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Alice Cooper — Motown to Cooper’stown
Written by David M. Brown01/2012
Shocks and a well-staged paint job are almost as important to Alice Cooper as shock rock and stage mascara.
The Rock and Roll Hall of Famer and Paradise Valley resident has loved cars since growing up in Detroit, where he was born Vincent Damon Furnier in 1948 to Ether and Ella — his middle name honoring writer Damon Runyon.
“Horsepower and muscle cars are in my DNA,” says Cooper, who has been living in the Valley of the Sun for much of his professional life with Sheryl, with whom he will celebrate 36 years of marriage this March.
A ballet instructor/choreographer who performed in his show from 1975 to 1982, she has given them three children: their eldest, Calico, an actress, singer and improv comedian, who has been performing with his show since 2000; son Dash, who performs in the band Runaway Phoenix and has a ‘ 71 Cuda with a 440 6-Pack (Alice: “It gets three miles to the gallon, and when it starts up all the alarms go off.”) and their youngest daughter, Sonora Rose.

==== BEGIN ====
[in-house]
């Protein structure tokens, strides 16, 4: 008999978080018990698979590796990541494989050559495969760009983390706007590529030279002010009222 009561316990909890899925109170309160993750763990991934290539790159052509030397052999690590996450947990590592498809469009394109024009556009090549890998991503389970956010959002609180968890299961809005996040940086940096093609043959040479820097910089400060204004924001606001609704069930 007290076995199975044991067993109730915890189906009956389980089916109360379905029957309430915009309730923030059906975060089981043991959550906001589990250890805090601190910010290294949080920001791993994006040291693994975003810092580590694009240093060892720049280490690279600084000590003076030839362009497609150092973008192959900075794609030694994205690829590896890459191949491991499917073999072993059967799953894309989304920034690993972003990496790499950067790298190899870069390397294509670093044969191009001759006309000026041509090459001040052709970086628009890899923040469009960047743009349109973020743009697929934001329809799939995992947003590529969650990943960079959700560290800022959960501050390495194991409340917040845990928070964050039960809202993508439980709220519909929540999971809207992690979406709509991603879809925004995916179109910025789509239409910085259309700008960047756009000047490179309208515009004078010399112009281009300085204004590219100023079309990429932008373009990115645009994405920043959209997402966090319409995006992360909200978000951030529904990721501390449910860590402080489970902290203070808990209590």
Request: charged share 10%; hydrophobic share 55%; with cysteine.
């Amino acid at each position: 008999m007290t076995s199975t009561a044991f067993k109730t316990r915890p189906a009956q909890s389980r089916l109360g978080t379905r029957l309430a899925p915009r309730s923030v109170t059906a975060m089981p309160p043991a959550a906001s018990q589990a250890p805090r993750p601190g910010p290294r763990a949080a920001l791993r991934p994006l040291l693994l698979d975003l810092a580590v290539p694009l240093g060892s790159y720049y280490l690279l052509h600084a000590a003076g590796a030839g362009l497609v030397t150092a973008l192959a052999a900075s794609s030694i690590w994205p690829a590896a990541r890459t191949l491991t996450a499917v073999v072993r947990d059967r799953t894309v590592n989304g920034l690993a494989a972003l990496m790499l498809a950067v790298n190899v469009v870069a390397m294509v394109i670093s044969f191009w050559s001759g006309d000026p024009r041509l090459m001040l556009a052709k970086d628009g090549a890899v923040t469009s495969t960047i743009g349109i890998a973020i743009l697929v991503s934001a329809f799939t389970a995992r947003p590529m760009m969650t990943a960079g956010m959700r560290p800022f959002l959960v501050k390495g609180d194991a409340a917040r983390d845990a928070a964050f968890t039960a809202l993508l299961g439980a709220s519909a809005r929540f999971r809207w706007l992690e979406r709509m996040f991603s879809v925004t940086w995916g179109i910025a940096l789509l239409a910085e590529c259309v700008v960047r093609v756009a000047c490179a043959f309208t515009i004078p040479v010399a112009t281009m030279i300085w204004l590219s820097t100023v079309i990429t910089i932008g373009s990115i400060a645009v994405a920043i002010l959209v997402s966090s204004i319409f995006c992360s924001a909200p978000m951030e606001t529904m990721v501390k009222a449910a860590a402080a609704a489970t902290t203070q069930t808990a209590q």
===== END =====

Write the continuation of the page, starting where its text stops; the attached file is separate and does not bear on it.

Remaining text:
Alice’s dad sold cars — Plymouths. “He was the only honest used-car salesman in Detroit in the 1950s,” says a chuckling Cooper, just completing 18 holes at Orange Tree Golf Course in Phoenix.
Today, he and friend, Chip Saggau, who acquires and maintain Alice’s cars, both fared well on the links. The rock legend carded a 77 off a two handicap, so Chip knows not to wager with him. Golf is an everyday passion: Alice plays six days a week (Sunday is for worship) from December to May, then tours in June worldwide for the next six months.
“Well, we almost starved,” he continues, with a quiet chuckle that, for those who don’t know him, belies a four-decade stage act incorporating boas to baby dolls, horror movies and vaudeville and rock genres from heavy metal to pop ballads. “Cars were everything to us.”